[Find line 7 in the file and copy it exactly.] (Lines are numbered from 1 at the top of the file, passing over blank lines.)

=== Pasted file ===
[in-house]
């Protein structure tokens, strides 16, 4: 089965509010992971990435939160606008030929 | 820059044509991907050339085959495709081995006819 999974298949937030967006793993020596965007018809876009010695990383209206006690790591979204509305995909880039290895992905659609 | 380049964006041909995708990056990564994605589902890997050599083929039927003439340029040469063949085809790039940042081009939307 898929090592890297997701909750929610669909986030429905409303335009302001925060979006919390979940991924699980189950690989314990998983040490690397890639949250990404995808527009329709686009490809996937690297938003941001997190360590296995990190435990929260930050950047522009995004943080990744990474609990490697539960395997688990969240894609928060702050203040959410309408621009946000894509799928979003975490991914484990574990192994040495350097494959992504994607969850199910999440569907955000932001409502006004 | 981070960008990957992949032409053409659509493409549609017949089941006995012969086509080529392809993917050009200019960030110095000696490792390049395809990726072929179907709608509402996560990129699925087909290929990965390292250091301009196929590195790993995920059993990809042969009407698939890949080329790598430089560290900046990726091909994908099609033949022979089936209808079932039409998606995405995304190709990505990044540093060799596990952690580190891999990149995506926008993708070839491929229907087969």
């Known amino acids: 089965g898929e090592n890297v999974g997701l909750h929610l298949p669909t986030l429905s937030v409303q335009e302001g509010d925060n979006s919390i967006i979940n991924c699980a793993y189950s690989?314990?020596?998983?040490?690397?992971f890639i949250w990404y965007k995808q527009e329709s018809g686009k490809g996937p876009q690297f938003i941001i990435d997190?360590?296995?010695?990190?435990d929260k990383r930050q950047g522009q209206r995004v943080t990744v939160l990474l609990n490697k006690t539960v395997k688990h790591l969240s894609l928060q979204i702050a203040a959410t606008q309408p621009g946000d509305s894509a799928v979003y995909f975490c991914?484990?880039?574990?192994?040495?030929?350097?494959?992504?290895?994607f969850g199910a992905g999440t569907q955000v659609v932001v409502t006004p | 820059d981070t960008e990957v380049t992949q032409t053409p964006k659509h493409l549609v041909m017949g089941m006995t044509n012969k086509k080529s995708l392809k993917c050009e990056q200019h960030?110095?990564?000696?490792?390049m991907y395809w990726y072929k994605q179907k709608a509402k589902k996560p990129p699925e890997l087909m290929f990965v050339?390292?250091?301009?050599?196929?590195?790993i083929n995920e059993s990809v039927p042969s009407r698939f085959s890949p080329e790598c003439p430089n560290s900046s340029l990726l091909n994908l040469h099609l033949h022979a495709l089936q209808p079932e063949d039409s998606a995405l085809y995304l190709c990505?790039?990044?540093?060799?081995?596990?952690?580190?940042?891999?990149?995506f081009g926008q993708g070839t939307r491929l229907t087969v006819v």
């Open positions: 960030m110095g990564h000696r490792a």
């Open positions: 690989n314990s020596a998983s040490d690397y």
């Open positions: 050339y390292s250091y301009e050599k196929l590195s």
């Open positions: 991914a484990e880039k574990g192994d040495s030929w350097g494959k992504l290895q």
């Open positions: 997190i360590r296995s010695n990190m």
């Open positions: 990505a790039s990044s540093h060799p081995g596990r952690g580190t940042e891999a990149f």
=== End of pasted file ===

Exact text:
């Open positions: 991914a484990e880039k574990g192994d040495s030929w350097g494959k992504l290895q």